What drew you to luxurious, glamorous interiors?
I’ve always been inspired by the late English designer David Hicks – the way he worked with bold colours and patterns, creating elegant environments, was mesmerising. Danish designer Verner Panton's layered, repeated patterns also influenced my aesthetic. 

ABOVE: Interior designer Greg Natale in the living room of an Edwardian house he restored in Sydney, backdropped by Fornasetti plates
ABOVE RIGHT: The UK/US edition of Natale's book 'The Tailored Interior', with a foreword by Jonathan Adler and photos by Anson Smart
BELOW: Natale's zingy dining room for Leichhardt House, Sydney, where the linear 'Comback' chairs by Patricia Urquiola for Kartell echo the lights

What are your tips for using print and pattern in the home?
I do love bold geometrics – they can really lift a space, bringing a layer of intricate interest to a large, open interior via a rug, carpet or wallpaper. I also love detailed curves, which can perfectly balance the angles in a house. It’s in bringing balance and contrast where print and pattern can really come into their own, ensuring a design is cohesive and dynamic. I recommend using neutral tones on bigger furniture such as sofas, then introducing accent colours, pattern and print via more easily changeable cushions, throws and rugs.

ABOVE: Natale's 'Diagonal' striped wallpaper for this small, one-bed Fitzroy Apartment in Melbourne, increases the sense of space (source it from Porter's Paints)

What does a tailored interior mean to you?
My work is essentially a bespoke business – it's all about tailoring my design skills to a client’s desires in order to capture their passions and style. I also curate every piece and finish so it holds its own special place in the mix.

Where do you get inspiration?
I'm interested by the worlds of fashion and art, which celebrate the glamorous and the luxe (I love the sexy, sophisticated tailoring of US fashion designer Tom Ford and Halston's style from the Sixties and Seventies). A lot of my inspiration also comes from the everyday things I’ve observed when exploring new cities. Some of my rug design patterns were inspired by the details on gates, buildings, even manholes. 

What inspired your latest collection for Sydney firm Designer Rugs?
‘New Modern’ is very contemporary and represents a natural step for me following my earlier, more classically inclined ‘New Regency’ collection for Designer Rugs. Each rug is named after a city – for example, ‘Rio’ was inspired by the city’s striking mosaic pavements, while ‘Los Angeles’ features deco elements that are such a part of LA designs. Others represent a mood or theme – so ‘Memphis’ gives a nod to the post-modern design movement.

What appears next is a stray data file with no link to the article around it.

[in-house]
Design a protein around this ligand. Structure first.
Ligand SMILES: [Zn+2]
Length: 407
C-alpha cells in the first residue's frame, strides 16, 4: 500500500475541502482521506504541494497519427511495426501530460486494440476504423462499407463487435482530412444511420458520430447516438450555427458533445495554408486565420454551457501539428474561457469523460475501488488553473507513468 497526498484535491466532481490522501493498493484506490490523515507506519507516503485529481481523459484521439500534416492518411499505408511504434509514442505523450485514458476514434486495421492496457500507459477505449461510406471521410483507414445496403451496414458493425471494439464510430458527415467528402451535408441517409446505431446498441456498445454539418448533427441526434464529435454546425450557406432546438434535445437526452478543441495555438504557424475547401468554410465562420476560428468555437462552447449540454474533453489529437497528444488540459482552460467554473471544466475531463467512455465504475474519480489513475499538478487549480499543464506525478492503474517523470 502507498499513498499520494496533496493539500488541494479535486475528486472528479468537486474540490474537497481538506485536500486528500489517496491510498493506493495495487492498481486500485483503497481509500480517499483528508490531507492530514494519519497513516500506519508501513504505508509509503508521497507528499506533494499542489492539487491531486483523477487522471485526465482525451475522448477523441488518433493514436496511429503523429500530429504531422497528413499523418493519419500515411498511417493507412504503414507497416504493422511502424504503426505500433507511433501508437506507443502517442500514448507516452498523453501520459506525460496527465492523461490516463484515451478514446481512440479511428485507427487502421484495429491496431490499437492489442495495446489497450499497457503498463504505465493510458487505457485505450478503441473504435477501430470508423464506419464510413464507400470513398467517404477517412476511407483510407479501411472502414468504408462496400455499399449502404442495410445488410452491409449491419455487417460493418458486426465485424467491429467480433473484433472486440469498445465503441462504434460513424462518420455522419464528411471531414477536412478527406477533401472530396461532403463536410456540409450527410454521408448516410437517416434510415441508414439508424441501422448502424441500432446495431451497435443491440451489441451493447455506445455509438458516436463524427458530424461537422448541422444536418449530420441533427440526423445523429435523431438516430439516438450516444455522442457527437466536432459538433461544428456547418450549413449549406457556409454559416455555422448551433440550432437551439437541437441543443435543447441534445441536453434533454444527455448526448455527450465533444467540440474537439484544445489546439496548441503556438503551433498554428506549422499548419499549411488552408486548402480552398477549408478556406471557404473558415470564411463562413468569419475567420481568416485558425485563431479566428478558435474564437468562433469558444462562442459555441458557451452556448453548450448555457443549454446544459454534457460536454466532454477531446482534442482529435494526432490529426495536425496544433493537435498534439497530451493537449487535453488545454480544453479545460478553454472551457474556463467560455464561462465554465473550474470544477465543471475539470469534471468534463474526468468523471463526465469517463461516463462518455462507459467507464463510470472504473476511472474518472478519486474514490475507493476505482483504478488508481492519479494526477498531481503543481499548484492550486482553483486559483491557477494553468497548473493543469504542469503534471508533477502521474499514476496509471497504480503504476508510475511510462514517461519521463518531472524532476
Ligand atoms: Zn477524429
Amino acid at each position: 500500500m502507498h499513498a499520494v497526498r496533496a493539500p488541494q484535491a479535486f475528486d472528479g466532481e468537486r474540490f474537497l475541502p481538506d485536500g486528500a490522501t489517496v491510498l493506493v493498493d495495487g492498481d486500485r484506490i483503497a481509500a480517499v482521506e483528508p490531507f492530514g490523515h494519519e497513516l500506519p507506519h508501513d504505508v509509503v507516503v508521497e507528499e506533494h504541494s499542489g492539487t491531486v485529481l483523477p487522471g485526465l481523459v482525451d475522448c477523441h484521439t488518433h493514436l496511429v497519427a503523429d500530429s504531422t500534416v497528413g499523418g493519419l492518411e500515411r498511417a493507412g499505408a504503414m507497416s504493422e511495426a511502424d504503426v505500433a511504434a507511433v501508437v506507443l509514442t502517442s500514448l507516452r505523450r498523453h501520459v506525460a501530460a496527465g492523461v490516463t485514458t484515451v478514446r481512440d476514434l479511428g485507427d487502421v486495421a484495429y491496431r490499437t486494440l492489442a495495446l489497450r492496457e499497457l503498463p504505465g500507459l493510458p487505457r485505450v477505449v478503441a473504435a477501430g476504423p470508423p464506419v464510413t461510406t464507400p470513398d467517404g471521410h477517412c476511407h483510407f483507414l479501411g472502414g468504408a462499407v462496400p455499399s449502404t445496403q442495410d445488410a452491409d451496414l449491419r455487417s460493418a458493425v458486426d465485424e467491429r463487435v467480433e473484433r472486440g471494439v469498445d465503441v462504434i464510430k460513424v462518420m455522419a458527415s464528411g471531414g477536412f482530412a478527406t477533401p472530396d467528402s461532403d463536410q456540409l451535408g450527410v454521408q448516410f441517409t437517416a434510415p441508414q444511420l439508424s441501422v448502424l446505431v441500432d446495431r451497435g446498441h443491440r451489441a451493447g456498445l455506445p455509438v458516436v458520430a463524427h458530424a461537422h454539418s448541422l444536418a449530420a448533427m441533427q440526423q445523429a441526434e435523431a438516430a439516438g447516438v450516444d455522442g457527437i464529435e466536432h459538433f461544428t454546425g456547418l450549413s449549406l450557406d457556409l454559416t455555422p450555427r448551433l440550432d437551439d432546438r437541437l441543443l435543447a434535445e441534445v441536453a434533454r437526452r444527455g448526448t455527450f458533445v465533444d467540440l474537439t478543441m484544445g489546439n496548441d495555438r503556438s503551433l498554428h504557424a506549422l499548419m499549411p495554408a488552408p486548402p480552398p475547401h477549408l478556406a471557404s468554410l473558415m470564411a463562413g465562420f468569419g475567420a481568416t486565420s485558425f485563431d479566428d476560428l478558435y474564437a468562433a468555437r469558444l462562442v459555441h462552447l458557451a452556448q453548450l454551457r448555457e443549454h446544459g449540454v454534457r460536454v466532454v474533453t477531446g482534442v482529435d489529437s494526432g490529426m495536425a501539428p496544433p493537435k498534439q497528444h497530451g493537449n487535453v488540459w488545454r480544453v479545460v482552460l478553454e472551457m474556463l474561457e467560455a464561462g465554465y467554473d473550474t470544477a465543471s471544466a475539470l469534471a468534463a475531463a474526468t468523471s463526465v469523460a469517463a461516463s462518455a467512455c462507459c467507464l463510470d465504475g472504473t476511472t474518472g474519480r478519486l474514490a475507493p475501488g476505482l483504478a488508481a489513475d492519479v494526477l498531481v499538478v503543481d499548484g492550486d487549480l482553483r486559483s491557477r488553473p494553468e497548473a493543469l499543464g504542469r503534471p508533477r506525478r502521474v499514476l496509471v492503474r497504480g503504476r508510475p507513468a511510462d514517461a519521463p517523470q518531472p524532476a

BELOW FROM LEFT: Graphic pattern rules in Natale's 'Miami', 'Rio' and 'Memphis' rugs from the 'New Modern' collection for Designer Rugs

ABOVE: Rome's Colosseum and the sexy, streamlined, Seventies glamour of New York's Studio 54 inspired Natale's armchair and coffee tables for US interiors brand Worlds Away, part of a 10-piece collection

Which of your collaborations are you most proud of?
Early collaborators Designer Rugs and Porter’s Paints both have a special place because they were the first brands to allow me to diversify. Designing furniture collections for Stylecraft and Worlds Away has given me the chance to create key contemporary pieces that embrace a little vintage glamour, while my Italian-inspired 'Pavimento' cement tiles for Teranova took a different approach to flooring. My new cushion range for One Duck Two suits both contemporary and classic spaces.

What’s exciting you in design or style?
I’m really excited to see a renewed interest in the post-modernist Italian design group Memphis, with its vivid colours, geometrics and graphics. It's one of my favourite design movements.

What about colour trends?
I’m loving the chic, sophisticated neutral appeal of navy blue. At the more dramatic end of the spectrum, I find the current trend for rich colours such as malachite and lapis lazuli breathtaking. And I’ve always been a fan of metallics, particularly brass.

Who are your design heroes? `
Alongside David Hicks, Verner Panton and Memphis, I love the work of modernist architects such as American Paul Rudolph and the late Australian legend Harry Seidler (I'm fortunate to live in an apartment in one of Seidler’s buildings today). I’ve always been a fan of the Californian Case Study Houses of the Fifties and Sixties, commissioned by US Arts & Architecture magazine. In my own industry, I count Jonathan Adler and Kelly Wearstler among my contemporary inspirations.

ABOVE: Greg Natale's cushions for One Duck Two span printed linen and embroidery in greens, blues, greys, and black and white. From left: 'Manhattan', 'Trellis', 'Monte Carlo', 'South Beach' and 'Malachite'

Where’s on your travel wish list?`
Saint-Tropez is number one. The sun, the setting, the glamour – what’s not to love?

What’s your social media of choice?
Pinterest – it’s such a great source of inspiration, in terms of absorbing that of others and sharing your own, and it allows you to create personal mood boards, particularly useful in my profession.

What have you been up to recently?
We had the US and UK launches for my book The Tailored Interior in September, and launched my first cushion collection with Australia's One Duck Two (available online at David Jones and in select stores). We also moved offices, setting up a new, more generous space in Surry Hills, with an appealing edge of glamour! In future, I intend to focus more on product, work towards another book, and ensure that the brand becomes more global in approach and reach.